Over the years, I have written lots of scripts to help automate something or other. Many of these have broken. Example of the scripts that have broken include a LastPass data exporter and encrypter in Ruby, Emacs Lisp of various kinds that integrate Emacs with other processes, a tiny script to toggle my Heroku authentication between my personal and work accounts, and others. Typically, I find this out about their brokenness at the worst possible time – when I need to actually use the scripts I rely upon.
This has become common enough that I have grown to expect it. Lots of things might cause one of these scripts to break: software upgrades, making incompatible changes to other pieces of code, accidentally removing something that the script relied upon have all played a part in things breaking.
I really hate this. Taking the time to write something, only to have it be broken when you need it, makes you feel like you wasted your time writing the scripts in the first place. Because of this phenomenon, I tend to write fewer scripts and be more accepting of discomfort.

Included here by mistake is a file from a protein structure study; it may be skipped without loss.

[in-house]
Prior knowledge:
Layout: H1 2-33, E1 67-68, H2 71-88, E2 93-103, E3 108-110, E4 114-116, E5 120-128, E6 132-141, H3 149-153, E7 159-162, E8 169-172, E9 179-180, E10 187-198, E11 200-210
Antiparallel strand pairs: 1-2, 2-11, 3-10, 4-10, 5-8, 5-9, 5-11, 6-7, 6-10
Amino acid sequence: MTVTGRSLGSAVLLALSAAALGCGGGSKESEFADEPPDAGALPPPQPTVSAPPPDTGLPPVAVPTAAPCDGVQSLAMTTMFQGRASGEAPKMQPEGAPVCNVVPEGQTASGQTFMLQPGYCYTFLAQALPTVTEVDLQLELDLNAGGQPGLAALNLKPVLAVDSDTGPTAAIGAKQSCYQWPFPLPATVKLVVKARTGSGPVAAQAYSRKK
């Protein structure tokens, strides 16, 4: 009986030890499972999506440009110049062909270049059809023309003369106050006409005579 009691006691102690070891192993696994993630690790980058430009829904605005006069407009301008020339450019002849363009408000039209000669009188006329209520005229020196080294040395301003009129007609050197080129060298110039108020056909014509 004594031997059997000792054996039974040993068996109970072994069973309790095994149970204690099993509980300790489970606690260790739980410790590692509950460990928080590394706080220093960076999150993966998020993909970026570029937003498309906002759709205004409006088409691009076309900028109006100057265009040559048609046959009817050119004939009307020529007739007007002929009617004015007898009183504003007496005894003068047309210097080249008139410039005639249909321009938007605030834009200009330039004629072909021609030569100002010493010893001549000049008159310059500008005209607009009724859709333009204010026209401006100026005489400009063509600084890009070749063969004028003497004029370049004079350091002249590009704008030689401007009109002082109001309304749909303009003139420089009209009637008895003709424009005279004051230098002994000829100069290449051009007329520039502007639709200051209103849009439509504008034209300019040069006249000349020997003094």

I really hate this, too. I believe we should script things. I believe this is a key to being a productive programmer, and is one way that allows us to multiply out abilities as programmers. And, I'm not alone in thinking this way. It seems that all the best developers think the same thing: laziness is a virtue. Script away the things you would otherwise have to do manually.
I've come to believe that an automated setup & configuration management system is the key for me to solve these problems. If I could safely reproduce the environment wherein my software works, and I had tests around the software, then I could write scripts more effectively and with greater freedom. I would be able to get back some of the effectiveness I am missing out on.
Over the past year or so I have been making a concerted effort to solve this problem. Some things have worked out really well, others have not. At some point, the software to build this site was broken, and I didn't know why, and out of frustration I stopped writing and focused intensely on setting things up correctly from first principles. I'm nowhere near done, but it is time to start talking about what I have discovered.